Now one of the things I found which made me unable to observe through a telescope for very long, is trying to keep one eye closed while looking through the other. Having owned a Denkmeier binoviewer in the past and only used it very occasionally for binoviewing and not quite enjoying it, I thought that perhaps I need to be thinking of using something to cover the left eye for me to reduce eye strain. That way I did not need to try and keep one eye closed at all times. Hence it dawned on me about getting an eye patch to do the job.
Inspired by Nick Fury of the Avengers, who wears an eye patch on his bad (left) eye, I decided to buy an eye patch from Amazon for £3.99. It has foam padding where it is supposed to fit against the eye socket, and the center does protrude out to prevent pressing against the eye. It definitely blocks all light getting to the eye.
Eyepatch with my glasses fitted on (I made cuts to the foam to allow for the glasses to fit better)
Now as I wear glasses even for astronomy observation due to astigmatism, I did try to adapt this to use with my glasses. Unfortunately it sticks out too much to fit inside my glasses, and feels too tight when fit outside my glasses. It will work very well for someone without glasses, but it just doesn’t work for me. So back to the drawing board.
Then recently I noted that there were eye patches which could fit onto glasses for children with lazy eyes on Amazon. These come in different designs to appeal to children (e.g. spiderman, batman). But for me, to keep with the one-eyed theme I decided to get one with a Minion on it. These patches cost more at £7.99 plus delivery. I did enquire with the company as to what the inner lining looked like and they responded relatively quickly to say that it was black. Perfect. Hence I had no hesitation to order one (left eye version) from them.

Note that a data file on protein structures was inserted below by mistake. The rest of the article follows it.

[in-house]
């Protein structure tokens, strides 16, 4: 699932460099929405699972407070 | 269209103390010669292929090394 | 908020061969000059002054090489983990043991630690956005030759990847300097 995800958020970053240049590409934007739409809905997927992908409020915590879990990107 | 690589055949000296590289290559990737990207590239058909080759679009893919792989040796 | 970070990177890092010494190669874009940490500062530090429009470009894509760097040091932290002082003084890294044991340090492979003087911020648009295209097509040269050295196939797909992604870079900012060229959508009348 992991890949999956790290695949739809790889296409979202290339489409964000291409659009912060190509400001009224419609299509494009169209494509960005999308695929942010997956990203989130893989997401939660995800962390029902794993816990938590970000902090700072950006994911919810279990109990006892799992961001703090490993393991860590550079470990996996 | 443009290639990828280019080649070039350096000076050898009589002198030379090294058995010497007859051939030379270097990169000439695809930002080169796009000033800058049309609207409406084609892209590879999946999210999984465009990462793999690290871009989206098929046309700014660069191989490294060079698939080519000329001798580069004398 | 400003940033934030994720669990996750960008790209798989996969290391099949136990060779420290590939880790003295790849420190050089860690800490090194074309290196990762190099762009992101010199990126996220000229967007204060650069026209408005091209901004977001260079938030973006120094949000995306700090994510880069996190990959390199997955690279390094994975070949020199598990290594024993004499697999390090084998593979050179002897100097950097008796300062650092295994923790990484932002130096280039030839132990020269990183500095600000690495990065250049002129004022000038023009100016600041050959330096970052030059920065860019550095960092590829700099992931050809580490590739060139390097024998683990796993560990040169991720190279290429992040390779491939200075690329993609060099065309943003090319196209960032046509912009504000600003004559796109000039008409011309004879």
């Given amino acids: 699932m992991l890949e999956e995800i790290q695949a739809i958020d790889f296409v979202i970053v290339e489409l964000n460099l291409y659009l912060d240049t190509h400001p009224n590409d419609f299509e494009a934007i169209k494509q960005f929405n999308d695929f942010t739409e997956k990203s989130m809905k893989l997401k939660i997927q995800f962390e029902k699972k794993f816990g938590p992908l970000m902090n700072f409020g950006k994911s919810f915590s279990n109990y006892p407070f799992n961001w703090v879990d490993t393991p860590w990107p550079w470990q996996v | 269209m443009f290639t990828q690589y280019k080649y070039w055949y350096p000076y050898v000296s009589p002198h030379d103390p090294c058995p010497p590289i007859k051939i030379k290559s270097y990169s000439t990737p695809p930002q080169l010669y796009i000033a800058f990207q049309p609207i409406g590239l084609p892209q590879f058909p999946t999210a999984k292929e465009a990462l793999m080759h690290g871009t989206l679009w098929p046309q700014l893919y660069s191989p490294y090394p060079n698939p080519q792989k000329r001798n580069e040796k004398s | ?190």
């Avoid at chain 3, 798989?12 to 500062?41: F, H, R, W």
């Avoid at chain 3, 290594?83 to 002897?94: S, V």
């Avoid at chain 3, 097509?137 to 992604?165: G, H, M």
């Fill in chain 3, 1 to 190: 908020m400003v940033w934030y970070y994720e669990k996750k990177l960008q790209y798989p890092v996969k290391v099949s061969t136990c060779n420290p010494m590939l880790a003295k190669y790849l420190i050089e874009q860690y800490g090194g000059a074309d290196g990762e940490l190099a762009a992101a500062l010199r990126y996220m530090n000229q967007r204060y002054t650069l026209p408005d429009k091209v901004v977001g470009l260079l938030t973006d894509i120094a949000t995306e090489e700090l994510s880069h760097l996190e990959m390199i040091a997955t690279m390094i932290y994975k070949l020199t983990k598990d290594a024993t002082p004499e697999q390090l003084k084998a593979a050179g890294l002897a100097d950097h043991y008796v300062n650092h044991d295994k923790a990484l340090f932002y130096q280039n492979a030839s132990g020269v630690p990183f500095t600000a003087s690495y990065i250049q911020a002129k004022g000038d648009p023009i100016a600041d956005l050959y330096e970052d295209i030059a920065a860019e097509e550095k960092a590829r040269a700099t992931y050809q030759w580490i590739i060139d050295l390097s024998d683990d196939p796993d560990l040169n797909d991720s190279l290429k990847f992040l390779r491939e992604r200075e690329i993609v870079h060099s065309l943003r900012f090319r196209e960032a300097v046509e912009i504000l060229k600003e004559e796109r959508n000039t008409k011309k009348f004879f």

I have to say that the eye patch came very quickly two days after ordering it. First impressions are that it looks well constructed and should last. And it is washable should it become stained.
To fit the eye patch, you simply slip the stem of the glasses through the opening on the broader side and advance the patch until it covers the entire side of the glasses.
There is also a little slit on the broad side for the nose pad of the glasses to stick out. I did find that if the black lining is not pressed down onto the glasses, then you may feel the eye lashes brushing against it which can be a tad irritating. But when fit properly that is not a problem at all.
Now it does come both in a right eye and a left eye version, as the design will be the right way up for each version; you would have an upside down Minion if you bought for the wrong eye.This is not an issue for me, as I am only wearing it for looking at the sun in the daytime, when I would also have a black t-shirt covering my head to block any unwanted light (which already looks funny), or at night when it is dark and nobody is looking at me anyway.
Certainly this is probably the best way to aid visual observation in astronomy, without resorting to buying a binoviewer and multiple eyepieces to go with this. Do note that it only blocks light getting to the eye from the front and side, but will not completely block all light – hence in the daytime I would still use the black t-shirt to block as much light as possible to benefit the viewing eye as well.
And it will reduce the eye strain from trying to keep one eye shut as they can both remain open while I just look through the right eye. I would definitely recommend this, if the glasses will fit (my glasses which are 33-34mm tall just fits into this). But I would expect that it could probably fit up to 35mm tall frames but no more, without the risk of breaking the threads. The first eye patch will work well for non-spectacled people.
So there are eye patches available for both spectacles wearers and non-wearers, which can be useful for astronomy visual observation. I know which one of the two fits me better.